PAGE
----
The goal is to have all hotel contracts wrapped up by May—just a month after the schedule is released. After that point and in the days and weeks leading up to the trip, it's a lot of communication with the hotels on the finer details.
"We're talking about the flow throughout the night—what they can expect, peak times when they can expect large groups of people, and how we want meeting rooms set up because we want to mimic the Chiefs' offices," Williams explained of that communication process. "We just explain our program to the hotel and share our expectations. We want to be as clear as possible, which means it's a lot of conference calls throughout the week.
"There's a lot of give and take—a lot of compromises because these hotels know their facility and layout better than we do."
The ability of Reynolds and Williams to properly communicate everything they need in advance is one of the reasons they're viewed so favorably by the hotels and various people they work with on setting up the travel each year. It's why they've won the award twice in five years.
For Reynolds, who because of the respect he's gained across the league for how he handles his business has recently led him to become the head of the NFL's Travel Director's Meetings each Spring, the small and tight-knit fraternity of travel directors across the league provides an invaluable resource to each of them to use should they ever have any questions.
"We talk throughout the year," Reynolds explained of his peers across the league. "All of us are pretty close and pretty open and pretty candid when we know it's just going to be the 32 of us talking at these meetings. A lot of the info stays in the room. We're a tight group. We are each other's best resources because we all go through the same thing and although the teams play, it's not like we're going against each other. No one wants to see anyone else fail."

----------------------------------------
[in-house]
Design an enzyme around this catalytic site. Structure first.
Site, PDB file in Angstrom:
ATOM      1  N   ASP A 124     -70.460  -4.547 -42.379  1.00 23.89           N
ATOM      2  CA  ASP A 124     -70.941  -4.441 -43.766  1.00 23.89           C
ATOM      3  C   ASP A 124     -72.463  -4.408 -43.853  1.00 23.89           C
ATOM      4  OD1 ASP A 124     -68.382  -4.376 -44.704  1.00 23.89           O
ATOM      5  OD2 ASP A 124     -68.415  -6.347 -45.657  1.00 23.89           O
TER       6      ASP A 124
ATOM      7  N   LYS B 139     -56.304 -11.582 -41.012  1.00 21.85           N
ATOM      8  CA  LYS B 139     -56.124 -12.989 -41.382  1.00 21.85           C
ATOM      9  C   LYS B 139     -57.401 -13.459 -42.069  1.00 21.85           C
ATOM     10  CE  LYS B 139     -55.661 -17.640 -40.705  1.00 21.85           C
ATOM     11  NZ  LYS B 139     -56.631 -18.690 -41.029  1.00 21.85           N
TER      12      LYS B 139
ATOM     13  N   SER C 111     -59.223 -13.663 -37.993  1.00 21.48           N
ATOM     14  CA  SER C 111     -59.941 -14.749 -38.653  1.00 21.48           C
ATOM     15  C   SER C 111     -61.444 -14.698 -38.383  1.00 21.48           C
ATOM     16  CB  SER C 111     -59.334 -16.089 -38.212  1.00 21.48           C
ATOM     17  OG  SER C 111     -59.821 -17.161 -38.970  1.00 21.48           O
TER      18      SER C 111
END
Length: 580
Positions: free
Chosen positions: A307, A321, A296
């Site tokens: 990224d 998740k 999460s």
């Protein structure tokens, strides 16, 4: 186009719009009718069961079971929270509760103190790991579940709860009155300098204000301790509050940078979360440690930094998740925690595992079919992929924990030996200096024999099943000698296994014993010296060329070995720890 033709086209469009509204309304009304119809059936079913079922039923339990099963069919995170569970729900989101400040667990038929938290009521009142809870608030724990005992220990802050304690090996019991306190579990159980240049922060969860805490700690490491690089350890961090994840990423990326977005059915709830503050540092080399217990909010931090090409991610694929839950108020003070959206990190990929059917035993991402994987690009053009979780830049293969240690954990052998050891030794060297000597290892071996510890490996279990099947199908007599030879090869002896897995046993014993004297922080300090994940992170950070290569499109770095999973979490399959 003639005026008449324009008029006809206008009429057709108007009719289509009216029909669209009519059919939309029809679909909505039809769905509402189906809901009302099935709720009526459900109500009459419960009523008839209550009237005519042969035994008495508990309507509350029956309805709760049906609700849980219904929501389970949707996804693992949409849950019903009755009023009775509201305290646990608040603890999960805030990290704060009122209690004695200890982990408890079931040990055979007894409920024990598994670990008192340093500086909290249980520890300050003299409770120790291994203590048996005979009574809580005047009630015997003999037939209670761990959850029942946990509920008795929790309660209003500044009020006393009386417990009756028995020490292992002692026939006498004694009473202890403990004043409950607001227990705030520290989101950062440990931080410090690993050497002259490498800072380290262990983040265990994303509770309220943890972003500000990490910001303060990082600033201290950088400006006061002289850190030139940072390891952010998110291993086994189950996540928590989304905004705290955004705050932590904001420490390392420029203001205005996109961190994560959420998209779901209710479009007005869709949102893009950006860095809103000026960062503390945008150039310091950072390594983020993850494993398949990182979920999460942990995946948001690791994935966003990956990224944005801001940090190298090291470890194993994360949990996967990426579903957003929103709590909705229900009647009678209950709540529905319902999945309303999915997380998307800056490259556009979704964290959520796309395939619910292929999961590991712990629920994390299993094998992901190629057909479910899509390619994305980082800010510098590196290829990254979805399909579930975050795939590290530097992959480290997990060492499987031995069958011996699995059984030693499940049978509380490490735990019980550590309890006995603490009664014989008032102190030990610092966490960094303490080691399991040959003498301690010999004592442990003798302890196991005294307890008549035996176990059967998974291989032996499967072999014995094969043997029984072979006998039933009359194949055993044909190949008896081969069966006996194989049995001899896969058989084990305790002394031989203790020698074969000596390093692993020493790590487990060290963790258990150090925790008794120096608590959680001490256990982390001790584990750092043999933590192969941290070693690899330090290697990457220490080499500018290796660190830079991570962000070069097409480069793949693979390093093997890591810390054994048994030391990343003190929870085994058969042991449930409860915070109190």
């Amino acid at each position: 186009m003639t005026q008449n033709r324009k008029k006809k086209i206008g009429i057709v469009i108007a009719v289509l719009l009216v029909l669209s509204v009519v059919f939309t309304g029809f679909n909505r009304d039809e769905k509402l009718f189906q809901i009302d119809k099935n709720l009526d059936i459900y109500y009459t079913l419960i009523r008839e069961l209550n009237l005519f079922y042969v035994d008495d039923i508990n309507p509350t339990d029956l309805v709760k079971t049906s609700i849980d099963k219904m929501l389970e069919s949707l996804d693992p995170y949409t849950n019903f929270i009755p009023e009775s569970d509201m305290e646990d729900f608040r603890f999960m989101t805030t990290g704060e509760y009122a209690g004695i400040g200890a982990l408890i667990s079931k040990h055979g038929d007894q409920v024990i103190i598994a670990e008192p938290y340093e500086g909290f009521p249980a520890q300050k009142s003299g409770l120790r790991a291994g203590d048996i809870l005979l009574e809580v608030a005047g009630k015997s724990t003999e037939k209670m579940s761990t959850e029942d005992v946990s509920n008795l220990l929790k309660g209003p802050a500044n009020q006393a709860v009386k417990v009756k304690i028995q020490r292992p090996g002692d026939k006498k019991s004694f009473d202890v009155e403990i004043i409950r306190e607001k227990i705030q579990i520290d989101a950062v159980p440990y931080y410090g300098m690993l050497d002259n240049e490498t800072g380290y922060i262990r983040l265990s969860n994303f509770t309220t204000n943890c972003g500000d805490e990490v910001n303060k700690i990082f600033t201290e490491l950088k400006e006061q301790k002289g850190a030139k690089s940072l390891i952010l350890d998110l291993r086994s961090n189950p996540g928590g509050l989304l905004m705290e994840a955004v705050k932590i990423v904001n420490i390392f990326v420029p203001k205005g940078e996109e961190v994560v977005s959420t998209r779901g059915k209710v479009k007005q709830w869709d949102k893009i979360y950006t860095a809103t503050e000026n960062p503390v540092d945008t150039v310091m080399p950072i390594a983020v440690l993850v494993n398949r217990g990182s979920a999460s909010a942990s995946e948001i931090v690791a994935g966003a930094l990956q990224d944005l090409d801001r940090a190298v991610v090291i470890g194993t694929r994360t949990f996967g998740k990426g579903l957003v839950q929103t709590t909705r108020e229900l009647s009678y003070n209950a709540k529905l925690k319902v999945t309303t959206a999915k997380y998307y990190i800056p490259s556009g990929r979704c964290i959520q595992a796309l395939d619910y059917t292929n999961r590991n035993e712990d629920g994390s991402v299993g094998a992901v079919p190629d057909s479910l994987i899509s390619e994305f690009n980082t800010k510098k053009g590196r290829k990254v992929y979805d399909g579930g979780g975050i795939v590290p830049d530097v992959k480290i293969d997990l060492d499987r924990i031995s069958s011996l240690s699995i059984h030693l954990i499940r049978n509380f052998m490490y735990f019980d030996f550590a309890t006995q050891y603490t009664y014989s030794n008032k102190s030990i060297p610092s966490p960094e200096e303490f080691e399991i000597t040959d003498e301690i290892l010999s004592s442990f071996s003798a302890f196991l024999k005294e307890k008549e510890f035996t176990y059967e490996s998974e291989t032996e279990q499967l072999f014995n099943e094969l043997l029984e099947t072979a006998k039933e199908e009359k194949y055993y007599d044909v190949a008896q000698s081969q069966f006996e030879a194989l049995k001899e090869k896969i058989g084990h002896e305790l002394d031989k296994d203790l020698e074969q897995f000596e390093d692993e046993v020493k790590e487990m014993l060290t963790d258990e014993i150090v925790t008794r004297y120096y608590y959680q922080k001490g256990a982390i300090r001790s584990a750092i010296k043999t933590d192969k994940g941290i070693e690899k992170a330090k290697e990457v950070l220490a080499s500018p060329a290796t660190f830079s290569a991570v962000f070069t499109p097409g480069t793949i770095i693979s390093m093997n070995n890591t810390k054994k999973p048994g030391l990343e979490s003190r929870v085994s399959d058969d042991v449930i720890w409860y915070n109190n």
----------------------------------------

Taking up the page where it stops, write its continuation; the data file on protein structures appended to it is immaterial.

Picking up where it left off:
"Mitch has been great at teaching me to over-communicate on the front end," Williams added. "And to make sure that every little thing that we could possibly think of that might seem small to us, make it as big as possible to the hotel, so we've overcommunicated that.
"We know it's not always going to go perfect, and it's about how we handle ourselves in those moments when something does go wrong and being flexible during those times."
Overall, the ability of Reynolds and Williams, who also go out of their way to make sure each individual coach and player have whatever they want during these trips, to make the travel for the 175 or so people going to the Chiefs' road games each week a smooth process, obviously won't show up in a box score or anything, but it's one less thing the players and coaches who do have a hand in determining wins and losses each week have to worry about in the 36 or so hours they have out on the road before the game.
So, when it comes to booking travel for an NFL team, you might never see or hear about the people behind the scenes who do this work, and if all goes right, you never will, but they matter, and the Chiefs boast two of the best in the league.
"We always pride ourselves on saying we want to be the best in the league at what we do," Williams added. "So, it's an honor when you see your name up on that board and win this award in front of your peers."